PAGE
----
From her humble home in North Carolina to the doorsteps of national organizations and the halls of Congress, there’s no doubt that Angela Brightfeather has done her part this year.
If there were issues to be discussed, if the transgender community needed an advocate or if the transgender community was being ignored, Brightfeather stepped up.
The 63-year-old transgender leader and activist is a legend — she’s been involved in advocacy work since she was in her 20s; and she’s certainly not afraid of ruffling feathers.
“Anybody who challenges the establishment is going against the flow,” she told Q-Notes. “When you do that, you become the ultimate activist. You become the one that pushes too hard, that wants everybody to take a lead, the one who wants to really change things.”
Shaking up the establishment seems to have come easy to her. Since the most recent controversy over transgender inclusion in the Employment Non-Discrimination Act (ENDA) in late 2007, Brightfeather has taken on high-profile leadership among her transgender brothers and sisters. In February 2008, she helped to organize a friendly protest — characterized as an “outreach” — to dinner guests at the Human Rights Campaign Carolinas Gala in Charlotte.
But her work isn’t just local. As vice president of the Transgender American Veterans Association (TAVA), Brightfeather has worked diligently to see the needs of transgender servicemembers met with dignity and equality.
TAVA’s biggest battle has been securing equal and fair healthcare treatment for transgender, former servicemembers at government-run VA hospitals.
“We’ve just been able to establish a connection at the VA that might allow us to meet with Gen. Shinseki,” Brightfeather said, referring to Obama’s new pick for VA secretary. “It’s a dream come true to think of sitting down with the director of the VA to tell him our needs and where we are being discriminated against.”
Among the group’s accomplishments this year are a highly succesful survey of transgender servicemembers and veterans and joint work with the Servicemembers Legal Defense Network on the “Don’t Ask, Don’t Tell” policy.
“We’d also like to be able to work on being able to march in the veteran’s parade in Washington, D.C. next year,” Brightfeather said. “We’d be the first transgender group to march in that parade.”
Brightfeather was born in London to bi-national parents and was declared a U.S. citizen soon after birth. Just months afterward, her family moved to New York state. Her introduction to Southern living came only a few short years ago, when she moved to North Carolina. But in the time she’s been here, Brightfeather has managed to make a difference both locally and nationally, becoming a fundamental part of Carolina transgender organizing and a vital leader and activist in the greater LGBT community.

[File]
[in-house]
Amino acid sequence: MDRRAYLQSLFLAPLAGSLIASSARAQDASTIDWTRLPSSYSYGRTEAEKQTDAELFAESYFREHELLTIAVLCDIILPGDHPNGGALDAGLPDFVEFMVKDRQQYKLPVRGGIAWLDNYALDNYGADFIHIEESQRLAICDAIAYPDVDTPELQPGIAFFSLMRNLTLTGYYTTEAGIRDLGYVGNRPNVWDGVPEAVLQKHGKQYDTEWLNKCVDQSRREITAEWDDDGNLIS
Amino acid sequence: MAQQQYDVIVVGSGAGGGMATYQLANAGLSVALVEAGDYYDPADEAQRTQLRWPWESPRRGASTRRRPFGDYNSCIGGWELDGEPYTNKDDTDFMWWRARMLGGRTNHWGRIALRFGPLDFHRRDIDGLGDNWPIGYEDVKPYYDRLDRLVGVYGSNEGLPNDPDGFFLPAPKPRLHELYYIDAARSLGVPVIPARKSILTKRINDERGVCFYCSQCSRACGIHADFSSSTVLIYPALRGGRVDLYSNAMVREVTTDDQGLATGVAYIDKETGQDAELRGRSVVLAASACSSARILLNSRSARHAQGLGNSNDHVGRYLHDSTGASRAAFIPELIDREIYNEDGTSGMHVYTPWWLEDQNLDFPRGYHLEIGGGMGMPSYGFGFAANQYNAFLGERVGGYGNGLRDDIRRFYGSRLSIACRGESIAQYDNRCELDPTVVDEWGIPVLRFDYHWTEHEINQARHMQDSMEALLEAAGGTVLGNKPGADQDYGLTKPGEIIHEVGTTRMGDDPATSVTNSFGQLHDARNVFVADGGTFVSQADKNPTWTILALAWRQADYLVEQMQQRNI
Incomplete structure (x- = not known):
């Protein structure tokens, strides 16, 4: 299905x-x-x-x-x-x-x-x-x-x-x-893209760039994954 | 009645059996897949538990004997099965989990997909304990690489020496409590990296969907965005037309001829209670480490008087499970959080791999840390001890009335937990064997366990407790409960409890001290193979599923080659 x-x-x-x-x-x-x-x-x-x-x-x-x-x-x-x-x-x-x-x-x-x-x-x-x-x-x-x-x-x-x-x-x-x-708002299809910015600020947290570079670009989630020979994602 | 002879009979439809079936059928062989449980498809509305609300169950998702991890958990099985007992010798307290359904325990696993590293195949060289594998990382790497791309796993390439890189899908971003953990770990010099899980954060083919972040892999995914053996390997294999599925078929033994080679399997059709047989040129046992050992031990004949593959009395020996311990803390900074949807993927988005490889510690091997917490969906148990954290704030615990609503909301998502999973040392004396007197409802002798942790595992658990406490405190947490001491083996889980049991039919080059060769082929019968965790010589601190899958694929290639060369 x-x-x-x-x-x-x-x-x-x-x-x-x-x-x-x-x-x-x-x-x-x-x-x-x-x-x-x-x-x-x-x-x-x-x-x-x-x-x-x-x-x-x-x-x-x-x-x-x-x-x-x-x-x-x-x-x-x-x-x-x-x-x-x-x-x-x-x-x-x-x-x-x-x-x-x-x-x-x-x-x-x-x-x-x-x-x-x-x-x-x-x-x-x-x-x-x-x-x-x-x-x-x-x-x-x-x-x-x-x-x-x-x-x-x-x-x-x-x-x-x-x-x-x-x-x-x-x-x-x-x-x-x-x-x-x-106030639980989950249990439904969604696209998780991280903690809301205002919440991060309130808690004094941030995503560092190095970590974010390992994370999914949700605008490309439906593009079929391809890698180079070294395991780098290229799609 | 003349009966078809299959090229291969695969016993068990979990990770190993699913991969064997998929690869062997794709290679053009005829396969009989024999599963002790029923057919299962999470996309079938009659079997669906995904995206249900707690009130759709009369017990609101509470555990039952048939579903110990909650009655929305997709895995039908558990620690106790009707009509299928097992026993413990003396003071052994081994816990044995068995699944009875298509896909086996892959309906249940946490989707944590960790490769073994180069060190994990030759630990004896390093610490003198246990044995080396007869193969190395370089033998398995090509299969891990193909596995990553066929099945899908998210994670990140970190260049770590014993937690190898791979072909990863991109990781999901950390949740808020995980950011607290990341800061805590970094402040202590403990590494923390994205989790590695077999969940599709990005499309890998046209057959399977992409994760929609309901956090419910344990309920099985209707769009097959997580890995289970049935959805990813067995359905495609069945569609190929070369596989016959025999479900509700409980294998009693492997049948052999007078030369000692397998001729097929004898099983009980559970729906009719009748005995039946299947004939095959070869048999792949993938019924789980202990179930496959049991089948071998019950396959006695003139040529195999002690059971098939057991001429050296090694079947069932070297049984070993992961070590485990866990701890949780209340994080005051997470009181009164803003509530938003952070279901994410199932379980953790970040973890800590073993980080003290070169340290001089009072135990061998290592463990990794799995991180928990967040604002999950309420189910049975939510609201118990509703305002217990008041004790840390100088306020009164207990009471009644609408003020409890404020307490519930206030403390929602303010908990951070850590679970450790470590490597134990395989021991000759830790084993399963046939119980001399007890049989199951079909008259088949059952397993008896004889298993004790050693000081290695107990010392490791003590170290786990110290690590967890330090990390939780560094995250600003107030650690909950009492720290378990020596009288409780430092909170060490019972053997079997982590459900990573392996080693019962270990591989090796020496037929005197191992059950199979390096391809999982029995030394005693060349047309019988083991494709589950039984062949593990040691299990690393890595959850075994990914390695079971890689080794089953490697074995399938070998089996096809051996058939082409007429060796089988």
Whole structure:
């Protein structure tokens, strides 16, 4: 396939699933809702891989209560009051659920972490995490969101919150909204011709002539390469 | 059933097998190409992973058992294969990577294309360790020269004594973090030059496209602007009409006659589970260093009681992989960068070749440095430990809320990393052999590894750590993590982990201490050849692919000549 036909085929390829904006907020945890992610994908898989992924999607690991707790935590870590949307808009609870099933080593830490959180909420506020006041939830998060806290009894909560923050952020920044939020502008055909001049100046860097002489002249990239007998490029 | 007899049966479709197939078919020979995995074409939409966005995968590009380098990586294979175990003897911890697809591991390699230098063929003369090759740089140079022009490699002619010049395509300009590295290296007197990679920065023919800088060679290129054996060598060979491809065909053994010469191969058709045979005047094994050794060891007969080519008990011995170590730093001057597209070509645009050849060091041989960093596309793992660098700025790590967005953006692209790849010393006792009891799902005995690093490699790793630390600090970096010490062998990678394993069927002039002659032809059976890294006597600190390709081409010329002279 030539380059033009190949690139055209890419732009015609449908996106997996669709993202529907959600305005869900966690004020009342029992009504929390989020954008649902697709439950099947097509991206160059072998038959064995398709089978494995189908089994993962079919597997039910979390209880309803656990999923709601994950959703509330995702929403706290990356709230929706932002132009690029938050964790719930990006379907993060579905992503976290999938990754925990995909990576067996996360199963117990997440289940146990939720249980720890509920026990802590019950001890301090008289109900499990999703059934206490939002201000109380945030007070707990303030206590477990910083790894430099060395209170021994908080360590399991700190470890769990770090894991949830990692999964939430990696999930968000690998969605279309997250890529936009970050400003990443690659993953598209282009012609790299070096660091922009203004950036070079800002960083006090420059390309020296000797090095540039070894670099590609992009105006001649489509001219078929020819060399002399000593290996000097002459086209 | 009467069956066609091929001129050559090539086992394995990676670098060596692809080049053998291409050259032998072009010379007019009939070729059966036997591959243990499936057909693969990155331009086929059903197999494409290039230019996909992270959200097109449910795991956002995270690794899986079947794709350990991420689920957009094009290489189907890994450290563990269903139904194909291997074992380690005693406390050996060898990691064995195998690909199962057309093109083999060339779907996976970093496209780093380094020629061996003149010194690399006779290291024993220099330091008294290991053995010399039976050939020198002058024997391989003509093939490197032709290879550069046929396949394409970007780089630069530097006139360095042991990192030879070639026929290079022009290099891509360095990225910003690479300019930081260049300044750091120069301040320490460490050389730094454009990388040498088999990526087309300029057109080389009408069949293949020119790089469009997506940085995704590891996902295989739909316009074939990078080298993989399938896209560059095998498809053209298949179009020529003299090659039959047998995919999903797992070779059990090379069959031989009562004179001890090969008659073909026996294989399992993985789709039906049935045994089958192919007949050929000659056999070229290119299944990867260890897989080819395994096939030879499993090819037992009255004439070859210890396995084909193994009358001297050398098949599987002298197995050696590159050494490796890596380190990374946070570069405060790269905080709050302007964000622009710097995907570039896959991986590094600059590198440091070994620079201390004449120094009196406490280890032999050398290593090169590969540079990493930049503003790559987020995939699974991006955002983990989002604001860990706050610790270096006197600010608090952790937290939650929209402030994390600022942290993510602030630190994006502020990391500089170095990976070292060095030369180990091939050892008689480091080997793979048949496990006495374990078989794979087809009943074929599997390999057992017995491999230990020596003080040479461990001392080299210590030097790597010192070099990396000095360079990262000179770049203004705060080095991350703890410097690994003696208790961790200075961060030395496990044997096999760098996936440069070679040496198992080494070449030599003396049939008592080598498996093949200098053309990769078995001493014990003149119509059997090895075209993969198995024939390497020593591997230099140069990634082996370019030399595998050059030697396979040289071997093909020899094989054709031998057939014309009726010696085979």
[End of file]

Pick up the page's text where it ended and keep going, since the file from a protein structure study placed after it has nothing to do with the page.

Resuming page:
With her leadership comes a sense of urgency and toughness. Unafraid to say it just like she feels it, Brightfeather’s learned to lead and speak from the heart and from the passion that’s kept her involved for decades.
It is with great pride that the staff of Q-Notes names Angela Brightfeather our 2008 Person of the Year.
In her own words
“It just hit me, it makes more sense to think that people pick their gender before they pick their sexuality…That should be the natural flow of things.”
“Like a lot of people, I thought if I get married it would go away. But it didn’t go away. After 10 years it hadn’t gone away.”
On Prop. 8 and ENDA…
“The ENDA fight was very much like Prop. 8. You all were included and then all of a sudden someone came along and said, ‘No, you aren’t.’”
“With Prop. 8, gay people are going through exactly what we felt after being cut out of ENDA. And, you all are receiving the same backlash the gay community gave us: People are saying you are acting like terrorists. The gay and lesbian community was saying the same thing about the transgender community: You’re all hateful and aggressive.”
On Barney Frank and HRC…
“They [Barney Frank and the Human Rights Campaign] will go whichever way the wind blows politically. If it makes it easier to get legislation through without us, then they’ll do it and throw us under the bus again. There’s nothing that will stop them.”
“As long as our community has different views on inclusion, as politicians HRC and Barney Frank will make use of that division. They are the Karl Roves of the Democratic Party and our community.”
“I love Ian, he’s great. I get along great with him and he’s a tremendous person. I appreciate his work so much, but what I don’t appreciate is some of the people on the board keeping transgender people off the board for this long. I don’t appreciate them not voting unanimously that they will include transgender people in all future legislation.”